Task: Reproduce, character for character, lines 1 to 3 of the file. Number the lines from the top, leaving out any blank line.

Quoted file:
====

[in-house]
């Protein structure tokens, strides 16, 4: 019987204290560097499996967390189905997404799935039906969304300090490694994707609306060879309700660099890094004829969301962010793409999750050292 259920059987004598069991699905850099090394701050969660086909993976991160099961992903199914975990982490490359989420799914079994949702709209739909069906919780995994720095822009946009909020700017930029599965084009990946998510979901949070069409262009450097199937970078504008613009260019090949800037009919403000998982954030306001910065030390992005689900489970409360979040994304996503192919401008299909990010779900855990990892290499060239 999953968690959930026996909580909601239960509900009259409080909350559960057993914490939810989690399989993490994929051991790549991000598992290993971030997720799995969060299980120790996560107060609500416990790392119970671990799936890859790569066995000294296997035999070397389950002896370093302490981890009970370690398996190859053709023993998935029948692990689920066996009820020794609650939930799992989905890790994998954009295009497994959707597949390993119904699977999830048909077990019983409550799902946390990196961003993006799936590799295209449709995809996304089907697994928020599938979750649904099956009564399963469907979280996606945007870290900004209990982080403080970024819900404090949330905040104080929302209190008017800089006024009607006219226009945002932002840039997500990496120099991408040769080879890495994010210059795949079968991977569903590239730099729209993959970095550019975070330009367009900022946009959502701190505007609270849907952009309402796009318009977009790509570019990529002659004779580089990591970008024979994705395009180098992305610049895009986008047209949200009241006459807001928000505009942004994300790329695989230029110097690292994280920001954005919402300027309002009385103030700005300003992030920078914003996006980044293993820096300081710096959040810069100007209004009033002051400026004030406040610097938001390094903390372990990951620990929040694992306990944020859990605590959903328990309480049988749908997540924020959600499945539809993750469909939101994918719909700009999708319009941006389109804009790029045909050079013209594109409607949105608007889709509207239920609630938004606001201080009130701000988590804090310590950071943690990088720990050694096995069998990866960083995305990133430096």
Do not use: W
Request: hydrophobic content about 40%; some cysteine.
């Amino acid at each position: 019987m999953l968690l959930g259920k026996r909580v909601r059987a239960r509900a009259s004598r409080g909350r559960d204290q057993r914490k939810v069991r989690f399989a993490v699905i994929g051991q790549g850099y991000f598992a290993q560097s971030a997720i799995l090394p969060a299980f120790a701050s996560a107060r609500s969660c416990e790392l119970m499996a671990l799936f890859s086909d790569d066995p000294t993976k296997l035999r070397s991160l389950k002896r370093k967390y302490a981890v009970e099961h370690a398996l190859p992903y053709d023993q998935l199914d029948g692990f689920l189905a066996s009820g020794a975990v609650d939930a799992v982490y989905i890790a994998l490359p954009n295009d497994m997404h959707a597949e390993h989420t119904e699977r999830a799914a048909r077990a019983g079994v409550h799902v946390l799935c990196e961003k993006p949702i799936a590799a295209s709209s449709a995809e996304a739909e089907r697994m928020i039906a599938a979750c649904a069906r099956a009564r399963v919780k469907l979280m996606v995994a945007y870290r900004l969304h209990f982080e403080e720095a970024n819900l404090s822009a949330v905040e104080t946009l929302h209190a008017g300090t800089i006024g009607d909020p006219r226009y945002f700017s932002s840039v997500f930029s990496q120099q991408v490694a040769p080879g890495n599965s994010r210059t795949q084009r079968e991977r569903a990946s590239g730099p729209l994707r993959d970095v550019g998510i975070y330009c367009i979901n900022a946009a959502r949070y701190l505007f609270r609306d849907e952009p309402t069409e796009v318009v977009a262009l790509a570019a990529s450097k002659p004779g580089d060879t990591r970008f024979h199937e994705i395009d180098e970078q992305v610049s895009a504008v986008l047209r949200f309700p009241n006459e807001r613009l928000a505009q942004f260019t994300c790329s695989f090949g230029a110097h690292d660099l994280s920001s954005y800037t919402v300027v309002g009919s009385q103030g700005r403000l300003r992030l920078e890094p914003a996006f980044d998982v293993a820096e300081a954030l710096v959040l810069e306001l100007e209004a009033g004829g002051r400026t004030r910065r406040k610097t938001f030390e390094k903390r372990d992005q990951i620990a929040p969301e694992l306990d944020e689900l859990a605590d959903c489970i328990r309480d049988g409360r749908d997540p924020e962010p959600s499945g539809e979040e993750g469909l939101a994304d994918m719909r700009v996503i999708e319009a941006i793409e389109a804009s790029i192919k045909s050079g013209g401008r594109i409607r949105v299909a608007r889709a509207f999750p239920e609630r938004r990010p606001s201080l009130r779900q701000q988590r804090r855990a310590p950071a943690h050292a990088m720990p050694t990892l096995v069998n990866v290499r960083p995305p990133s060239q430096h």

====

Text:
[in-house]
């Protein structure tokens, strides 16, 4: 019987204290560097499996967390189905997404799935039906969304300090490694994707609306060879309700660099890094004829969301962010793409999750050292 259920059987004598069991699905850099090394701050969660086909993976991160099961992903199914975990982490490359989420799914079994949702709209739909069906919780995994720095822009946009909020700017930029599965084009990946998510979901949070069409262009450097199937970078504008613009260019090949800037009919403000998982954030306001910065030390992005689900489970409360979040994304996503192919401008299909990010779900855990990892290499060239 999953968690959930026996909580909601239960509900009259409080909350559960057993914490939810989690399989993490994929051991790549991000598992290993971030997720799995969060299980120790996560107060609500416990790392119970671990799936890859790569066995000294296997035999070397389950002896370093302490981890009970370690398996190859053709023993998935029948692990689920066996009820020794609650939930799992989905890790994998954009295009497994959707597949390993119904699977999830048909077990019983409550799902946390990196961003993006799936590799295209449709995809996304089907697994928020599938979750649904099956009564399963469907979280996606945007870290900004209990982080403080970024819900404090949330905040104080929302209190008017800089006024009607006219226009945002932002840039997500990496120099991408040769080879890495994010210059795949079968991977569903590239730099729209993959970095550019975070330009367009900022946009959502701190505007609270849907952009309402796009318009977009790509570019990529002659004779580089990591970008024979994705395009180098992305610049895009986008047209949200009241006459807001928000505009942004994300790329695989230029110097690292994280920001954005919402300027309002009385103030700005300003992030920078914003996006980044293993820096300081710096959040810069100007209004009033002051400026004030406040610097938001390094903390372990990951620990929040694992306990944020859990605590959903328990309480049988749908997540924020959600499945539809993750469909939101994918719909700009999708319009941006389109804009790029045909050079013209594109409607949105608007889709509207239920609630938004606001201080009130701000988590804090310590950071943690990088720990050694096995069998990866960083995305990133430096």
Do not use: W